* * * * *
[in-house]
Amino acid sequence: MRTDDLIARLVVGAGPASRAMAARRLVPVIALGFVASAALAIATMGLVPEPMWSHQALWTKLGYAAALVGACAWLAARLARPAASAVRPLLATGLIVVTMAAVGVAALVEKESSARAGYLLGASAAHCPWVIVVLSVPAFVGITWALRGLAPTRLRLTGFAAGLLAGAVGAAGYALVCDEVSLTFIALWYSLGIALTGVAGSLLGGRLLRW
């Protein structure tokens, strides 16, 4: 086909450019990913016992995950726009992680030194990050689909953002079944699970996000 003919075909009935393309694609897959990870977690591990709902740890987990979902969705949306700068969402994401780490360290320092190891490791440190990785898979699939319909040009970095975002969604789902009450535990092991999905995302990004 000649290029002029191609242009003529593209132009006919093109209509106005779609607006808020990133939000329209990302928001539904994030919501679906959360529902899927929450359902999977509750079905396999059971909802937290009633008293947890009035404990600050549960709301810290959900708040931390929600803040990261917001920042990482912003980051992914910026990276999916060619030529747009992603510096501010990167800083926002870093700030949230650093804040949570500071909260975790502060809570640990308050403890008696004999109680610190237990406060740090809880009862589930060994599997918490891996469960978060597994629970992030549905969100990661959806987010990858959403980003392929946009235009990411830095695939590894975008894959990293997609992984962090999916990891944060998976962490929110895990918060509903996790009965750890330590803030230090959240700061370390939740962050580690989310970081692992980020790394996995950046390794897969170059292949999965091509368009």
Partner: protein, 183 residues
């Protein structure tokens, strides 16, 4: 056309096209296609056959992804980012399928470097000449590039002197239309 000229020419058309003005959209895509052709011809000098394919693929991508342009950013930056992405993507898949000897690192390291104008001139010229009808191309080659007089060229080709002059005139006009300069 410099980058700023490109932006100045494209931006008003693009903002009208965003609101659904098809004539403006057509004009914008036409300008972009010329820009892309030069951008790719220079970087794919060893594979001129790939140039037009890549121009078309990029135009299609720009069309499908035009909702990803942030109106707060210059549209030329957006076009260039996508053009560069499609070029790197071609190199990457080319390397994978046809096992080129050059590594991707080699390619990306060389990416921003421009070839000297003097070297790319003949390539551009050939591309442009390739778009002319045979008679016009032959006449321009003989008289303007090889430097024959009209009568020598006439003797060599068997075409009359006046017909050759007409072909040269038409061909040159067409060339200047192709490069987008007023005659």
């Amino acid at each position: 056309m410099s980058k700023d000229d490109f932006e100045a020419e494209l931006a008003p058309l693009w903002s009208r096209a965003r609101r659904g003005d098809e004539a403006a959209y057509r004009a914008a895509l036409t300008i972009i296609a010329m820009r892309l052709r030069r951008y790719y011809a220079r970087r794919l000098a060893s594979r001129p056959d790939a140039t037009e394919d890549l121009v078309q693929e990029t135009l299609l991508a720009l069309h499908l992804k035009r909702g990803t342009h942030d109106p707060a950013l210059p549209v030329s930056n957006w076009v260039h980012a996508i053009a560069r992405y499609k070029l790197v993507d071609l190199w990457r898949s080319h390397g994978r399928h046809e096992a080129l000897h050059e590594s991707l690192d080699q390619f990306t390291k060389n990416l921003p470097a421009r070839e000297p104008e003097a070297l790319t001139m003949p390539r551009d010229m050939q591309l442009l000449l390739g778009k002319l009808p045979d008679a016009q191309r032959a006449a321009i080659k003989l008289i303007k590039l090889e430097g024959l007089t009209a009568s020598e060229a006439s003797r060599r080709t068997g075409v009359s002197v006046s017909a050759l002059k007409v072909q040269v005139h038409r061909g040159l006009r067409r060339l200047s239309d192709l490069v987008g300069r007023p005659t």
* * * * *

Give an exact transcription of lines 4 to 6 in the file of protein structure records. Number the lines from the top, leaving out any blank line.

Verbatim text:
Partner: protein, 183 residues
């Protein structure tokens, strides 16, 4: 056309096209296609056959992804980012399928470097000449590039002197239309 000229020419058309003005959209895509052709011809000098394919693929991508342009950013930056992405993507898949000897690192390291104008001139010229009808191309080659007089060229080709002059005139006009300069 410099980058700023490109932006100045494209931006008003693009903002009208965003609101659904098809004539403006057509004009914008036409300008972009010329820009892309030069951008790719220079970087794919060893594979001129790939140039037009890549121009078309990029135009299609720009069309499908035009909702990803942030109106707060210059549209030329957006076009260039996508053009560069499609070029790197071609190199990457080319390397994978046809096992080129050059590594991707080699390619990306060389990416921003421009070839000297003097070297790319003949390539551009050939591309442009390739778009002319045979008679016009032959006449321009003989008289303007090889430097024959009209009568020598006439003797060599068997075409009359006046017909050759007409072909040269038409061909040159067409060339200047192709490069987008007023005659």
């Amino acid at each position: 056309m410099s980058k700023d000229d490109f932006e100045a020419e494209l931006a008003p058309l693009w903002s009208r096209a965003r609101r659904g003005d098809e004539a403006a959209y057509r004009a914008a895509l036409t300008i972009i296609a010329m820009r892309l052709r030069r951008y790719y011809a220079r970087r794919l000098a060893s594979r001129p056959d790939a140039t037009e394919d890549l121009v078309q693929e990029t135009l299609l991508a720009l069309h499908l992804k035009r909702g990803t342009h942030d109106p707060a950013l210059p549209v030329s930056n957006w076009v260039h980012a996508i053009a560069r992405y499609k070029l790197v993507d071609l190199w990457r898949s080319h390397g994978r399928h046809e096992a080129l000897h050059e590594s991707l690192d080699q390619f990306t390291k060389n990416l921003p470097a421009r070839e000297p104008e003097a070297l790319t001139m003949p390539r551009d010229m050939q591309l442009l000449l390739g778009k002319l009808p045979d008679a016009q191309r032959a006449a321009i080659k003989l008289i303007k590039l090889e430097g024959l007089t009209a009568s020598e060229a006439s003797r060599r080709t068997g075409v009359s002197v006046s017909a050759l002059k007409v072909q040269v005139h038409r061909g040159l006009r067409r060339l200047s239309d192709l490069v987008g300069r007023p005659t």